This behavior has reminded NASA and others to maintain their speedy development of ISS system replacements. Northrop Grumman, one of NASA’s top private contractors, has been developing systems for reboost and actually performed a successful test in January of this year. Despite Rogozin’s recent threat of dropping the ISS on their enemies, these recent reboost tests demonstrate the control the US has over the space station. The ISS is actually safe from Rogozins threats thanks to his own unreliable behavior in the past–pushing the US to develop independent control options.

Another NASA contractor, United Launch Alliance (ULA), has used Russian rocket engines on their extremely popular Atlas V rockets since 2002. Anticipating hostility from Russia, ULA decided to retire their very successful family of rockets, avoiding the possibility of promising rockets without engines, and paving the way for their new line of rockets, unreliant on Russian technology. Unsurprisingly, one of Rogozin’s announcements this week was the end of service of rocket engines by Russian suppliers, including those of the Atlas V. We’ll have to see if the last few on the schedule get launched, or if those payloads will have to be modified to be launched in other rockets.

Decreasing cooperation and increasing hostility from Rogozin over the last 10 years has forced NASA, SpaceX, Northrop Grumman, ULA, and others to develop alternatives to perfectly good Russian systems. Although this led to innovation and more security for the US space program, it also lead to independence that strays from the goal of the definitively collaborative, international efforts on the International Space Station.

3 thoughts on “Russian response to US sanctions leads to innovation from US aerospace industry

  1. Taylor Cavalier

    That was a very interesting read! I had no idea that International Space Station has to be nudged back into space, and Russia is currently the only country that can do that at the moment. That is honestly very scary especially since they only agreed to do this until 2024 and they can just let this fall onto earth. Space is so interesting and it is unclaimed which forces countries to work together to a degree–i’m interested to see how this plays out in the next couple years with everything that is going on right now.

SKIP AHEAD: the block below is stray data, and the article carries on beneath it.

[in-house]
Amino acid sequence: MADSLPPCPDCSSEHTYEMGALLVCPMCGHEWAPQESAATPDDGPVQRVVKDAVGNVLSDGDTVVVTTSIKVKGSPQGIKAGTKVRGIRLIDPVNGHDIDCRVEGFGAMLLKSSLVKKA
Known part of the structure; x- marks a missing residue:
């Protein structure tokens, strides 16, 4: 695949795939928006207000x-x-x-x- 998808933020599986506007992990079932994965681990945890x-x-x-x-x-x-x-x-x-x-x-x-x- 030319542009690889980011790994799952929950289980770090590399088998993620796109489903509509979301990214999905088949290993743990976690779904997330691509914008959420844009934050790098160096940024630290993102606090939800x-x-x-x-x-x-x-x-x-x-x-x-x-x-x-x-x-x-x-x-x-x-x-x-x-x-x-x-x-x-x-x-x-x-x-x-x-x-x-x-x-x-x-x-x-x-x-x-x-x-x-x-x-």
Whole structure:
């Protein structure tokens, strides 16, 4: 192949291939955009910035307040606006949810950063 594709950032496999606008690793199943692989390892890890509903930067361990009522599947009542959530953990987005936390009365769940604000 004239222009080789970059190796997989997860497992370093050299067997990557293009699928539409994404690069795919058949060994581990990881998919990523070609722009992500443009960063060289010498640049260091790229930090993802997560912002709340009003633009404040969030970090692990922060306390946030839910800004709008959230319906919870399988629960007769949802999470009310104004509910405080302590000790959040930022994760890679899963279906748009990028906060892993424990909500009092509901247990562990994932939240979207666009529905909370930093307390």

2. Jackson Howitt

    It’s really a shame to see something like the ISS be used as a political bargaining chip since it’s usually a great example of what we can accomplish by looking past petty national identities and cooperating for the sake of all of humanity. I hope it remains an international project into the future even if Russia decides to cease cooperation for that reason especially.

  3. Lillian Goodwin

    I wouldn’t have expected a threat like dropping the ISS on your enemies- wow! The remarks by Rogozin seem unhinged and nonsensical, not something suited to the head of the Russian space agency. Pulling out of such a monumental project because of politics back on Earth seems petty and unproductive for everyone involved, even if they can no longer charge exorbitantly high fees for US astronauts. It seems like keeping the ISS functioning and in orbit is in the best interest of everybody, not just whoever can make money off of it.

Comments are closed.